On 27 July 2017, Andrew Bailey, Chief Executive of the FCA, delivered a speech on “The Future of LIBOR”, in which he confirmed that discontinuation was targeted for the end of 2021.

In his speech, Mr Bailey referred in passing to recent scandals – extensively reported in the press – the current negative perception of LIBOR as a result. He also noted the significant improvements, including a “step change in the quality of governance” around submissions, to the benchmark implemented as a result.

Quite apart from its recent history, however, Mr Bailey’s speech focused on the sustainability of the LIBOR benchmark and its suitability as a genuine representation of market conditions given the current low level of activity in the market for unsecured wholesale term lending to banks – i.e. the market that LIBOR is designed to measure and reflect. While confirming that the FCA is still gathering its own data on exact volumes, Mr Bailey pointed to data held by the ICE Benchmark Administration – the administrator of LIBOR – and central banks indicating “relatively few eligible term borrowing transactions by any large banks” and noted that there was little prospect of activity levels changing substantially in the future.

If the market does not exist then, how can it be measured?

Mr Bailey noted that LIBOR is currently sustained by the use of “expert judgement” by panel banks, a process which itself causes discomfort amongst those banks. The FCA has persuaded panel banks to continue to submit, however, in order to preserve as far as possible the representativeness and robustness of the benchmark, and to avoid widescale market disruption from deterioration in both.

The long sail

The FCA’s efforts to sustain LIBOR are an attempt to manage and control the transition to an alternative benchmark by the end of 2021. Mr Bailey noted that it was both unsustainable and undesirable to have reliance on a benchmark without an underlying market to support it.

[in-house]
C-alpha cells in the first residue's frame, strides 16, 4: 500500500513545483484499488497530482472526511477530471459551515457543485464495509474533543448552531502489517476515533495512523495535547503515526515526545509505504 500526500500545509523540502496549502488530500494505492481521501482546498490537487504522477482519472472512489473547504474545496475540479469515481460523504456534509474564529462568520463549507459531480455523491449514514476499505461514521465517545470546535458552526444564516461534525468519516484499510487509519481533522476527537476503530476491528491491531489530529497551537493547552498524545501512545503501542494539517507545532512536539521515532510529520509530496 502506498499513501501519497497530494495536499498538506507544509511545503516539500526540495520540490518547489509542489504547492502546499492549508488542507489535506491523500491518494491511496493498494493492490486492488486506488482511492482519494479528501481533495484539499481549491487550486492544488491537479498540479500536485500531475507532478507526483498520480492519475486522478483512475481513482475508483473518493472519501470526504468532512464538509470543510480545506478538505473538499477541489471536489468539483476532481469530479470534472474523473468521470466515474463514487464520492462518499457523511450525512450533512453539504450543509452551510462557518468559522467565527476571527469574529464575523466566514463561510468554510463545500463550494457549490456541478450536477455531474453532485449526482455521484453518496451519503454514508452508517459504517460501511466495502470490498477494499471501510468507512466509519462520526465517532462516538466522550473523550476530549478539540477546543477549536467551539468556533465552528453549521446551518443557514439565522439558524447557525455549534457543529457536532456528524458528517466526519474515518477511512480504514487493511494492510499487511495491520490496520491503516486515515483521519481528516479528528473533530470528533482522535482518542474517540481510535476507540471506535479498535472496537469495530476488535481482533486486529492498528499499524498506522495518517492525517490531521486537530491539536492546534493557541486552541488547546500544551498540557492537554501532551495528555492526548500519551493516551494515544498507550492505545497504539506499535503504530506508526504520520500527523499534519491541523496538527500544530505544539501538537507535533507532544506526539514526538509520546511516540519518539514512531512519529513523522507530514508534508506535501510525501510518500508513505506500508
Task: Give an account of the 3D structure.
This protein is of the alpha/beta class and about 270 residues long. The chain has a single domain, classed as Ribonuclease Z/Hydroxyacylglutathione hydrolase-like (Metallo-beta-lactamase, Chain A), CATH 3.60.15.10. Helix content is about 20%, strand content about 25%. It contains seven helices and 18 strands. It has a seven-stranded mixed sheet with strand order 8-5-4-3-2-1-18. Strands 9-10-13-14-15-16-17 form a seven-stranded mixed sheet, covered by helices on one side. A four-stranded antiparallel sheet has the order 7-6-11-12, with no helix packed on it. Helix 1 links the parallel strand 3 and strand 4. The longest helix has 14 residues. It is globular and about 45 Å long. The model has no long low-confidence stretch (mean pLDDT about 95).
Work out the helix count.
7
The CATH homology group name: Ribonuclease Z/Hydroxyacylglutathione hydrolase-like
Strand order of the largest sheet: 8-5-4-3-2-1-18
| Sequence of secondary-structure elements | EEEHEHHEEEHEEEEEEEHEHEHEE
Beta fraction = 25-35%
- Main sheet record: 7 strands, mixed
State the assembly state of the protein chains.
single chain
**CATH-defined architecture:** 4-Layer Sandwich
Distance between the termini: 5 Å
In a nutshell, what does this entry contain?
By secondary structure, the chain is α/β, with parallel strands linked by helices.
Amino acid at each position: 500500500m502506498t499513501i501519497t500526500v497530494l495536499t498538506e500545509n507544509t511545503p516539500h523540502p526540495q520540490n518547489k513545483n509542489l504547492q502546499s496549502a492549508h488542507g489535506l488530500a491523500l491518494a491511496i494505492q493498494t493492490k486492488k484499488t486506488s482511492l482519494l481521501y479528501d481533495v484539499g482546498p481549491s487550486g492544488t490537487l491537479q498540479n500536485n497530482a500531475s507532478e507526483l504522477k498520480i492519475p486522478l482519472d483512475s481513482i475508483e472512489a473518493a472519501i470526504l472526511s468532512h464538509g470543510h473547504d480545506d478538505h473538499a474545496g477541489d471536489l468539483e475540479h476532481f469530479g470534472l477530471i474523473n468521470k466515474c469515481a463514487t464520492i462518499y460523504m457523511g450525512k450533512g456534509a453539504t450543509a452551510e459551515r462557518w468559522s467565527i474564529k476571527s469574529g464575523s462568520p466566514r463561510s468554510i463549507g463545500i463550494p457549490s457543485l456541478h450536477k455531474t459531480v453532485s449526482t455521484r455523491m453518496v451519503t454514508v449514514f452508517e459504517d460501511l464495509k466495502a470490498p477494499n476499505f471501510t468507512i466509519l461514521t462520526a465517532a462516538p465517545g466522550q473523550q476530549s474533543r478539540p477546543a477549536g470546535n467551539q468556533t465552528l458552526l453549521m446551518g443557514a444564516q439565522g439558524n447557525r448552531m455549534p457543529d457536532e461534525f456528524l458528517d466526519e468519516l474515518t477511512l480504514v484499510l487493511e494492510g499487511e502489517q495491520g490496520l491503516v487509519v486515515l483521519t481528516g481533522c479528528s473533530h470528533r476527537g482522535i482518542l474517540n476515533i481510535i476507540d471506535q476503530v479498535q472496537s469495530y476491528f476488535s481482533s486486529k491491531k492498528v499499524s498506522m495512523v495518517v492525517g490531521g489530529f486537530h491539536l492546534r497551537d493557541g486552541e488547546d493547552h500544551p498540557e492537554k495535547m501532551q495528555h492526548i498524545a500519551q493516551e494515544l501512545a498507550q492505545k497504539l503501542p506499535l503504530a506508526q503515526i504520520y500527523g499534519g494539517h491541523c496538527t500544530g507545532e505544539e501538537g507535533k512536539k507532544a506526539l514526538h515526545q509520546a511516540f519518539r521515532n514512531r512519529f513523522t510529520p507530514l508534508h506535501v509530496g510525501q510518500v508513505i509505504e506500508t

Mr Bailey provided examples of other reference rates now being used in the market, underpinned by active markets and with no requirement for “expert judgement”, i.e. SONIA, EONIA, SARON and TONAR. However, the FCA’s key message is that transition should be planned and orderly – and will take time – with no one of the existing benchmarks identified in the speech as a substitute or potential substitute for LIBOR.

The date proposed by the FCA for discontinuation of LIBOR – circa. 4 years in the future – is an effort by the FCA, with the agreement of panel banks, to focus minds on the transition to a new benchmark that may lend itself to debt markets as prevalently as LIBOR has to date. The longer lead in time is also intended to reduce risks, costs and disruption characteristic of a sudden change.

In the meantime…

The clear signposting of likely discontinuation is a positive step by the FCA. It allows time for existing debt documentation to be reviewed and consideration to be given to potential amendments that may be required, as well as when and how best to effect those in a controlled manner. That review will, we fully expect, be undertaken at bank if not industry level and, particularly given the remaining length of the voyage ahead, we see no reason to commence any separate review now on an individual document or relationship basis.

However, for parties embarking on a new transaction or entering into new debt documentation with a term stretching beyond 2021, and where pricing is initially tied to LIBOR, it is worth being aware of the probability, based on the FCA’s intent, that the pricing mechanism will change throughout that term. We would advise that lenders, borrowers and professional advisers engage in regular conversations between now and the end of 2021 and updates on current thinking are communicated clearly and timeously, in order that all parties may plan accordingly.

The full text of Mr Bailey’s speech can be found here: The future of LIBOR